It seems to me on the evidence that instead of providing the Applicant with a mobile phone for use in the performance of his duties, the Respondent and the Applicant agreed that the Applicant would purchase a mobile phone subject to a plan to use in the performance of his duties and provide invoices which would be met by the Respondent. I do not accept that the sums paid by the Respondent formed part of the Applicant’s earnings. The Respondent agreed to take responsibility for payment of the invoices and the Applicant agreed to supply and use his own mobile phone instead of being provided with a mobile phone by the Respondent. The payment of the invoices by the Respondent is akin to reimbursements, and the amounts to be paid cannot be determined in advance, as is evident by the contract value in the preceding 12 months of $1,440.00 and the actual payment made of $1,734.66.
E-TAG and road tolls
 It is not in dispute that during the Applicant’s employment, the Applicant requested that he be provided with an e-TAG as he would be travelling into Melbourne to visit Victorian customers from his home based in South Australia. 22 It is also not in dispute that other account managers had e-TAGs23 provided and that the e-TAG was supplied to the Applicant by the Respondent and the account was held in the Respondent’s name.24
 Attached to the Respondent’s submissions are copies of the e-TAG and road tolls incurred by the Applicant between August 2015 and June 2016. 25 The total sum of travel including the cost of the e-TAG was $864.59 and the Respondent says that this amount should form part of the Applicant’s annual earnings.
 The Applicant says that the amount of expenditure cannot be determined in advance and therefore should not form part of his annual earnings and, in the alternative, only his personal usage should be included. 26 The Applicant estimates that his personal use during the period was approximately 20%.27 The Applicant was not cross-examined about his personal usage. The Respondent says that the e-TAG has not been returned.28
 The expenditure on the e-TAG is not a payment to the Applicant. The e-TAG account is in the name of the Respondent, not the Applicant. The principal purpose for which the e-TAG is provided is to facilitate work related travel. To the extent that the Applicant derives a tangential benefit, that benefit is somewhat similar to a non-monetary benefit, but not as described in s.332 of the Act. This is because the personal benefit derived from the e-TAG use did not involve, on the evidence, an agreement between the Applicant and the Respondent as to the “reasonable money value” of the benefit.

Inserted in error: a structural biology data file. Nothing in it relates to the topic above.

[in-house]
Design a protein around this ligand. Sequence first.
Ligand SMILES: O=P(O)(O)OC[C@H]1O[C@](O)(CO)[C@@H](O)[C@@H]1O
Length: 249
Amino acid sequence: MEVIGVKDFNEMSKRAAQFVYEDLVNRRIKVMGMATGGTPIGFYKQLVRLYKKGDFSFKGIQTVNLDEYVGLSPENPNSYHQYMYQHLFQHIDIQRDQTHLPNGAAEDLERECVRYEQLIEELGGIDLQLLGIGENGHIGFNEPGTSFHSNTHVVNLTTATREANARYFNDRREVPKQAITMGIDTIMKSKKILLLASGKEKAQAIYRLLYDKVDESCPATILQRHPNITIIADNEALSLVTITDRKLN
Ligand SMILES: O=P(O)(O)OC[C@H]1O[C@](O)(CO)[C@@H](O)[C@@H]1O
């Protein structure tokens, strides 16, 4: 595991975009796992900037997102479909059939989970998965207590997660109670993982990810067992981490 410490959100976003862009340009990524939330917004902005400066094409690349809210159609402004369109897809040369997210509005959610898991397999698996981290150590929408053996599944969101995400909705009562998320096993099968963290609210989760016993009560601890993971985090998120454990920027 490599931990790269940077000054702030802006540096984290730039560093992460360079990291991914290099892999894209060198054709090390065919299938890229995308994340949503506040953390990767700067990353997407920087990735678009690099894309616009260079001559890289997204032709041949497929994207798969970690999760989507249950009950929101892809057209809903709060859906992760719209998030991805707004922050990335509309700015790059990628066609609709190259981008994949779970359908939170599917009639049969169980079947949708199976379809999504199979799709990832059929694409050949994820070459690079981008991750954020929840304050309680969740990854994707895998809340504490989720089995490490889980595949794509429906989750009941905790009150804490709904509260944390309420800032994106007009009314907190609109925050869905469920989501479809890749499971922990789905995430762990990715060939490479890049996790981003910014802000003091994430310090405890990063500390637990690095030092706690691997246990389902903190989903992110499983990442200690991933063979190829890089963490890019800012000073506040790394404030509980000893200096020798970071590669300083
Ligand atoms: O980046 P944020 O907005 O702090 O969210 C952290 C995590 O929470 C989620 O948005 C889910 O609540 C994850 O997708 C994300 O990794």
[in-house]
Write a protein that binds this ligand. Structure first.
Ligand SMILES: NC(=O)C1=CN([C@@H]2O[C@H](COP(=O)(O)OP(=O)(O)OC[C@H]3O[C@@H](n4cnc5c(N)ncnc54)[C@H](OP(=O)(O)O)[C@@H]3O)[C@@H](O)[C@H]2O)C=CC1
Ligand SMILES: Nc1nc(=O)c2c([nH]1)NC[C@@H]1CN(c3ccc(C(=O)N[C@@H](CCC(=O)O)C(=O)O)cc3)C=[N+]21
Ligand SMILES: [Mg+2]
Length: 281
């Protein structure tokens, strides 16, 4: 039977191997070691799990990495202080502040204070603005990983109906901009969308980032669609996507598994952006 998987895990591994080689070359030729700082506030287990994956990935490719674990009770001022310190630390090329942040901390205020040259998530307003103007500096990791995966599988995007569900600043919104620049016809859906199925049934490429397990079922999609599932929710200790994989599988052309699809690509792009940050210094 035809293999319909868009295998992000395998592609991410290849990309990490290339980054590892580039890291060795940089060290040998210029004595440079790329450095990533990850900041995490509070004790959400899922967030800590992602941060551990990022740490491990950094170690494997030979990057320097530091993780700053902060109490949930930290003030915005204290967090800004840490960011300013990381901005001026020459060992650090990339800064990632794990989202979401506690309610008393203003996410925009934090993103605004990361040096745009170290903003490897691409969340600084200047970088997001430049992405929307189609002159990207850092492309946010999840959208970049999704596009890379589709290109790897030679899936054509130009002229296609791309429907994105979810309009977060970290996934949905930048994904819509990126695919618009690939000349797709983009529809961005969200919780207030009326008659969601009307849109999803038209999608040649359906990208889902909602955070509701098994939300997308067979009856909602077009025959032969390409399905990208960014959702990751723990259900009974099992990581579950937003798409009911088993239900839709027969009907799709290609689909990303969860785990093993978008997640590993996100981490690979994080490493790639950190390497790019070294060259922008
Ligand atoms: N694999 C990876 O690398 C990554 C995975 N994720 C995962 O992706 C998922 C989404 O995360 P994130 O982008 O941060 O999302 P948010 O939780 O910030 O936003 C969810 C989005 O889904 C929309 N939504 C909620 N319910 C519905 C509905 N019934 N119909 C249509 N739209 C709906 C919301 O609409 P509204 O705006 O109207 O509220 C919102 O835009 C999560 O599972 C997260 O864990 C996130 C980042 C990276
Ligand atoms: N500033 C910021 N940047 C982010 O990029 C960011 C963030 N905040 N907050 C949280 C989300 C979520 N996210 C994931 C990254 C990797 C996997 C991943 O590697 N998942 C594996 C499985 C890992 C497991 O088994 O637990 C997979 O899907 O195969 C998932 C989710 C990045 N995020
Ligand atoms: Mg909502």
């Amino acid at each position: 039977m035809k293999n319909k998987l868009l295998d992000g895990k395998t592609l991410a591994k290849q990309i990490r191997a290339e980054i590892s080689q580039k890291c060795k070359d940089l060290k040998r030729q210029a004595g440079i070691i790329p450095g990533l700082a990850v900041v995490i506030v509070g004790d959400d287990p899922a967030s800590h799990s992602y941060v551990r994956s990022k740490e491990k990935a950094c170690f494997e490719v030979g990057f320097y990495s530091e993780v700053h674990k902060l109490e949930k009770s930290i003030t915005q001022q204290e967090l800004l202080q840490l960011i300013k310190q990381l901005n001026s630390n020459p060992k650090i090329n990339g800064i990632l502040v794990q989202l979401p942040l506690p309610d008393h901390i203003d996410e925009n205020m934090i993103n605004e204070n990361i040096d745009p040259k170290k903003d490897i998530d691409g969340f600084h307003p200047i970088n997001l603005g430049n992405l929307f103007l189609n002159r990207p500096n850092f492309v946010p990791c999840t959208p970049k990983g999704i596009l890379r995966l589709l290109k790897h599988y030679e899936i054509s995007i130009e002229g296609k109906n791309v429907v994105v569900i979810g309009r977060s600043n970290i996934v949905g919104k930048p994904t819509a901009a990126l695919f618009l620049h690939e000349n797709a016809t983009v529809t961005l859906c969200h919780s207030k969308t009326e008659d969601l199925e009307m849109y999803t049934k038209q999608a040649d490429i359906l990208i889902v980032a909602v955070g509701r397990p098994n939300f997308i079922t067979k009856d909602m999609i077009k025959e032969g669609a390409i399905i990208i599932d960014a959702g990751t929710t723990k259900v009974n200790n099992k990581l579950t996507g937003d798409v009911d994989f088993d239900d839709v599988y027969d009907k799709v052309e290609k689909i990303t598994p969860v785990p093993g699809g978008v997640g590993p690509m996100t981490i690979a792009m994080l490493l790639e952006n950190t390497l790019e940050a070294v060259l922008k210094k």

Overseas Travel Allowance
 Pursuant to the terms of the contract of employment, there was provision for travel allowance of $4,800.00 per annum to cover interstate trips inclusive of all expenses, food, car hire and accommodation. It is not in dispute that the Applicant did not receive the $4,800.00 allowance on a weekly, fortnightly or monthly basis. 29 No part of the allowance was paid in advance. This amount was intended to be a reimbursement allowance. In the event that the Applicant needed to be reimbursed for business related expenses, it was the Applicant’s responsibility to make a claim for this.30 In effect, the amount of $4,800.00 was a work related travel expenditure budget amount.
 In September 2016, the Applicant travelled on an overseas business trip to Dusseldorf in Germany. 31 It is not in dispute that the purpose of the trip was to primarily secure Jayco as a customer.32 The flights were organised by the Applicant and paid directly by the Respondent.33
 Attached to the Respondent’s submissions is a remittance advice. 34 On 1 September 2016, an amount of $2,000.00 was paid into the Applicant’s account. The Respondent maintains that this amount should be characterised as earnings.